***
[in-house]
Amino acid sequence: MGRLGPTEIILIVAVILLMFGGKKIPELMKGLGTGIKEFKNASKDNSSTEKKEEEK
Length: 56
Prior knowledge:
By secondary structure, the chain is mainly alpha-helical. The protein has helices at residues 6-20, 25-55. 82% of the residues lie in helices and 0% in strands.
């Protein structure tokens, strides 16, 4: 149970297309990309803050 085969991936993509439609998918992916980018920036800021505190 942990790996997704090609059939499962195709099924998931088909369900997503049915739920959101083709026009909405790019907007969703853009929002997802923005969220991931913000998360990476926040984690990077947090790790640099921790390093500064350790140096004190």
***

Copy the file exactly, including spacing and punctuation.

[in-house]
Amino acid sequence: MGRLGPTEIILIVAVILLMFGGKKIPELMKGLGTGIKEFKNASKDNSSTEKKEEEK
Length: 56
Prior knowledge:
By secondary structure, the chain is mainly alpha-helical. The protein has helices at residues 6-20, 25-55. 82% of the residues lie in helices and 0% in strands.
């Protein structure tokens, strides 16, 4: 149970297309990309803050 085969991936993509439609998918992916980018920036800021505190 942990790996997704090609059939499962195709099924998931088909369900997503049915739920959101083709026009909405790019907007969703853009929002997802923005969220991931913000998360990476926040984690990077947090790790640099921790390093500064350790140096004190």